By Lynne Rebeiro
October 8, 2008

Having published two memorable anthologies Voices In The Verandah and The Way We Were, CTR Publishing continues with their winning formula in this third offering of stories that enrich our Community.  The editors Lionel Lumb & Debbie Van Veldhuizen have created a richly layered book comprised of anecdotes both sad and joyful, insightful yet entertaining.  The book is star studded throughout with illuminating stories of childhood in India, to hardships and successes of lives lived in foreign lands.

I particularly liked the way the book was divided.  There are 4 sections: Passages, Identities, Traditions and Reflections.  The fluidity of each section keeps you thoroughly interested and focused throughout the book, but nothing prepares the reader for what really happens and how, and there lies the journey.

Unfortunately, I cannot go into each Author's contribution, suffice it is to say every story had a poignancy which is heartwarming and insightful.  I have randomly chosen stories to hint at the amazing talents of our Anglo-Indian writers.  This book rejoices in the inner strength and endurance that Anglo-Indians possess.

PASSAGES begins with Moira Breen's pioneering spirit in the story Never Give In a true example of "self-empowerment".  She instantly became my hero with her tale of living the American dream during the 1950's.  Moira gives us much to admire in her story and her achievements.  

Margaret Deefholts never disappoints; there is always a poignant memory to find amongst her souvenirs!  A Passage to Canada takes us back to the heart-wrenching time of saying goodbye to old friends and family, and beginning a new chapter in Canada. 

Lionel Lumb's Denial & Pride takes the reader on his personal journey from early Lahore-days of being cosseted, to the rude awakening of life in Calcutta.  Never giving in or giving up paid off well, and his story of success goes from strength to strength, as he "developed from an Anglo-Indian with a modest interest in his heritage to one who really cared".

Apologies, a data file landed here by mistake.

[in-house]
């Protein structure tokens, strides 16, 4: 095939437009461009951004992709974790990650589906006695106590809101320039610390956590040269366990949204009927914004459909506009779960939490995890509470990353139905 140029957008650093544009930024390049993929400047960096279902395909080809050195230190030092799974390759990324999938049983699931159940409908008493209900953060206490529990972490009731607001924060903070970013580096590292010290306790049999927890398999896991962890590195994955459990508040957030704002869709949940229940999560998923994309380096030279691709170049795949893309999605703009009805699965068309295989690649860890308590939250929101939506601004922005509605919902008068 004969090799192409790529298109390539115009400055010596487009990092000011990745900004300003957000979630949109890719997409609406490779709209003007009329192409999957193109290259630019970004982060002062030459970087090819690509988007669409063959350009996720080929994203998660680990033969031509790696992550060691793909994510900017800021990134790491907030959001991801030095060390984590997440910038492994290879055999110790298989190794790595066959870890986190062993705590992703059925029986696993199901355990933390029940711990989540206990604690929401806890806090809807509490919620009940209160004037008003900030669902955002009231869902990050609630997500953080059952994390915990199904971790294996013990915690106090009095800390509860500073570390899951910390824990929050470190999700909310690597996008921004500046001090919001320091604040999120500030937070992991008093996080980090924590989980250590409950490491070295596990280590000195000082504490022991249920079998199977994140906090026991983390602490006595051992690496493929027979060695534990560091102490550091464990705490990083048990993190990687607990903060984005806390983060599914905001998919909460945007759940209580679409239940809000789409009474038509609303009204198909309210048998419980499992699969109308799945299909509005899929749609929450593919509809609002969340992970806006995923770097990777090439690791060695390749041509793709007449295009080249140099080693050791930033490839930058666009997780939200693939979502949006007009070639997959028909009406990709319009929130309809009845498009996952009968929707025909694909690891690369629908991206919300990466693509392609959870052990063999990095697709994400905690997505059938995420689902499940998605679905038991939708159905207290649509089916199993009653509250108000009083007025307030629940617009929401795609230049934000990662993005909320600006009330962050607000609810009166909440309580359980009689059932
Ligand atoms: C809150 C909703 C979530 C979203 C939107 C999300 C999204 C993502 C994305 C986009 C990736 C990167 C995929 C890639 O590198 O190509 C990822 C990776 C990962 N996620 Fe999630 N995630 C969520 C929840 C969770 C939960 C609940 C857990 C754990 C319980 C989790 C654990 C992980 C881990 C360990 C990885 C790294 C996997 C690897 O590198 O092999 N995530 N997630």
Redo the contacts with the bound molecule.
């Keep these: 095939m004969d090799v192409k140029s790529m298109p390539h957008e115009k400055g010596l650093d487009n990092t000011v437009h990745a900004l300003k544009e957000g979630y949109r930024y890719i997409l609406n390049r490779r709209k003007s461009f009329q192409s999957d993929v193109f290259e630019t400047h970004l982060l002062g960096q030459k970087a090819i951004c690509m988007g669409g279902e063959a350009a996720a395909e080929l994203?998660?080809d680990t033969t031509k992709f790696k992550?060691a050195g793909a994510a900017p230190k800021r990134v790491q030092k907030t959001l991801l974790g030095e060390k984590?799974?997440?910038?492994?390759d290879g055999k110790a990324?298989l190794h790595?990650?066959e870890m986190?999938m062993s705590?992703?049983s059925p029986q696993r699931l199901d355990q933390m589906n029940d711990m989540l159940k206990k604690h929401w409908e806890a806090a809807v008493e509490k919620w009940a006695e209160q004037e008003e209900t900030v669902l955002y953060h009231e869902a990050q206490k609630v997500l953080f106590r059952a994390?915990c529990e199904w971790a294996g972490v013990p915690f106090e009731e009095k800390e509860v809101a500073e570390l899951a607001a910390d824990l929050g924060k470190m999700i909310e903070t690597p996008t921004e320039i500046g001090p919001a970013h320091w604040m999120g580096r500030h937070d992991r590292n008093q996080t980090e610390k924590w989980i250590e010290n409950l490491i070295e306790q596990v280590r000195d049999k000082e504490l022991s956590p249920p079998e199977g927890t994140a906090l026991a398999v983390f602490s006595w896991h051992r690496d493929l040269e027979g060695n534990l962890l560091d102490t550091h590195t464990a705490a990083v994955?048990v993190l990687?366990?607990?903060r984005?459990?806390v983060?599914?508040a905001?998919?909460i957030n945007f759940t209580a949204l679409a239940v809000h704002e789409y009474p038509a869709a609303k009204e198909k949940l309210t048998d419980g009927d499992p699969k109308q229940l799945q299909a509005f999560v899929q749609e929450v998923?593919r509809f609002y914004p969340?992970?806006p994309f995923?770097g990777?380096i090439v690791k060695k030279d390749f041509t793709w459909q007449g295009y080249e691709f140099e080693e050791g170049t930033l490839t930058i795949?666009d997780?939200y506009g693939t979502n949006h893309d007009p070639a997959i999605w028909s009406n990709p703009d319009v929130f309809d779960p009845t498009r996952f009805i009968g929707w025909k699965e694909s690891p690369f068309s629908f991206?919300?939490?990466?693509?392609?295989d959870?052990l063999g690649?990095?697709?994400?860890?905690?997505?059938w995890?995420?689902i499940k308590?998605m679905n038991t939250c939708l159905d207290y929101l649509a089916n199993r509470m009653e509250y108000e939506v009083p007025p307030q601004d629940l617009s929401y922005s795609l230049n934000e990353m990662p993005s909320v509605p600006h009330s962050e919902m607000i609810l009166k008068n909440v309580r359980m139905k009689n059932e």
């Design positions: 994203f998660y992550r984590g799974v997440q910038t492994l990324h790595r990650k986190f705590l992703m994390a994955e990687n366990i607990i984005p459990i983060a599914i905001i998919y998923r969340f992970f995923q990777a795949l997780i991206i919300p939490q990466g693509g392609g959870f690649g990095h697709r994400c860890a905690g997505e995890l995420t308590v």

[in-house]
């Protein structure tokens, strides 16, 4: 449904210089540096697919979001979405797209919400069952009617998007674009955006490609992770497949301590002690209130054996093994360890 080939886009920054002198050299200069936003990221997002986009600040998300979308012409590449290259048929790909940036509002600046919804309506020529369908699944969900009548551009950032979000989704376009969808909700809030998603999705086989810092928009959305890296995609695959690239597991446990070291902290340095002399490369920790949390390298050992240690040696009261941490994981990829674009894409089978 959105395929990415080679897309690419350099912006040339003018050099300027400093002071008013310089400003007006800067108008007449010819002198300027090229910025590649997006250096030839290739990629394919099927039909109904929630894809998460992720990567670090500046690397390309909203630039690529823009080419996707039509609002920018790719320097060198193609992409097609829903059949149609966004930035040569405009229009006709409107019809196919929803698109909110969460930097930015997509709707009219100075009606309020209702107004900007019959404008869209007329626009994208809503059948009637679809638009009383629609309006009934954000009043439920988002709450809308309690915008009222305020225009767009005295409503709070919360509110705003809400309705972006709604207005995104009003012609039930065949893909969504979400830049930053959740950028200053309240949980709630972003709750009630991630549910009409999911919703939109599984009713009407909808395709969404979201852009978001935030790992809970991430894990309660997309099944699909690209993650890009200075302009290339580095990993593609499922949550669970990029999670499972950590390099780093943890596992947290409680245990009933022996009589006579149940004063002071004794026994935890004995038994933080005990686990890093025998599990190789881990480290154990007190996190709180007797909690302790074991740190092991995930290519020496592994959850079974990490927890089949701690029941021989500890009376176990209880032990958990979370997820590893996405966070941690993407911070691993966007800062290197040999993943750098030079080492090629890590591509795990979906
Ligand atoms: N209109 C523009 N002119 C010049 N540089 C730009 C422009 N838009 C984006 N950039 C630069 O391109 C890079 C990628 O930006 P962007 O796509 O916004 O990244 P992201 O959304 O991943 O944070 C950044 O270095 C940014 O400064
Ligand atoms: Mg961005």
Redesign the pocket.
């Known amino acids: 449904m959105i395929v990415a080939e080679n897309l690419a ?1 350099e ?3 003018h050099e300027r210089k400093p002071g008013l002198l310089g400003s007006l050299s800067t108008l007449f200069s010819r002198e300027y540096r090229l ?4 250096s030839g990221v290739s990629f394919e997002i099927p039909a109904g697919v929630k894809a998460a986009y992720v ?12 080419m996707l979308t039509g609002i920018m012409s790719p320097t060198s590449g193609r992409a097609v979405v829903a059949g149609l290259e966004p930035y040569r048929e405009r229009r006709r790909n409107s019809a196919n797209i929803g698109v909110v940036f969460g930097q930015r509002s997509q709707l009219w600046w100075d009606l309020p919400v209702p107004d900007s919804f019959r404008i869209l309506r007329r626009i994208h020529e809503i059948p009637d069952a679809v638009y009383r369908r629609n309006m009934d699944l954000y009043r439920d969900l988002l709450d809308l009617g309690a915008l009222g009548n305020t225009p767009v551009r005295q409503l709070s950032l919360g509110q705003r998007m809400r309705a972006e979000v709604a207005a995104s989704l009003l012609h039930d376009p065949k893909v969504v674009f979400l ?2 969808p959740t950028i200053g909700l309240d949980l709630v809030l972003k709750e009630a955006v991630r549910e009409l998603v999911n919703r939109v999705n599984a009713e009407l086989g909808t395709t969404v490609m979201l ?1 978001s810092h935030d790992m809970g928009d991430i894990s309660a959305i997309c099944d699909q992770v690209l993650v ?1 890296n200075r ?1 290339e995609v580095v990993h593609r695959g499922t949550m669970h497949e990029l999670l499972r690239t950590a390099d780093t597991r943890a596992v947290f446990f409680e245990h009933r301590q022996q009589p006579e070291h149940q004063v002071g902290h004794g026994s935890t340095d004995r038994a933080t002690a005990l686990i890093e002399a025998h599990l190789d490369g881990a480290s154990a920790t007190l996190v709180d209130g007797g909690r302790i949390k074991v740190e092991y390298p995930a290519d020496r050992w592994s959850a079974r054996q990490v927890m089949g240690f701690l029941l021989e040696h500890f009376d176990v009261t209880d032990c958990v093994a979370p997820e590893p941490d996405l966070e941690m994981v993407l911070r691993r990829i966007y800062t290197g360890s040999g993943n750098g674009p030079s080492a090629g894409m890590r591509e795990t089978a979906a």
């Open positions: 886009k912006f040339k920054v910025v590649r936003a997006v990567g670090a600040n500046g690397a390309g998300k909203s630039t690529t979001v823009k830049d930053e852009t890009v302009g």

IDENTITIES is a collection of stories on what it means to be a part of our Community, whether we were born in India, remembered India as a youngster, or only visited our "homeland" as an adult. 

Inheriting Remembrance by Susan Deefholts spoke to my heart.  I also remembered ...."All the details - the backdrops of railway colonies, alfresco dances, hill stations, and boarding schools - these are my inherited memories now carefully stored away in rooms of my own." 

Unravelling The Mosaic by Sheldon Fernandez shows us the Community, seen through the eyes of someone going home for the first time.  As Sheldon points out  ..."wisdom is truly timeless and the young will rediscover it through the memory of example and the plain pains of time.  We will teach our children to respect their elders because one day we, too,will bear the wrinkles of acknowledged wisdom".

TRADITIONS -  Has an eclectic group of stories.  There is no denying that Anglo-Indians have built their lives on the traditions handed down through generations.  We cling to these for denying it would bring a sense of betrayal into our lives. 

Patricia Brown's February is a deeply moving story about the passing of a friend, someone whom you have known since girlhood, someone you grew into womanhood with, the one person you could go to when you both immigrated to a new country and things were so strange.  Anglo-Indian traditions kept this friendship strong.

The Authors— what an amazing cast of writers this book has—all had the courage to keep their endings honest, as in all our lives, not every loose end is left neatly tied.  

I found The Way We Are a fine-balanced blend of compelling characters, charismatic writing and spellbinding stories.  I am sure that TWWA will keep readers of Anglo-Indian literature well and truly entertained, beginning to end.

You may place orders through Blair Williams' website:  Or you can contact Lionel Lumb by e-mail at:, or Blair Williams by e-mail to purchase copies.

Lynne Rebeiro

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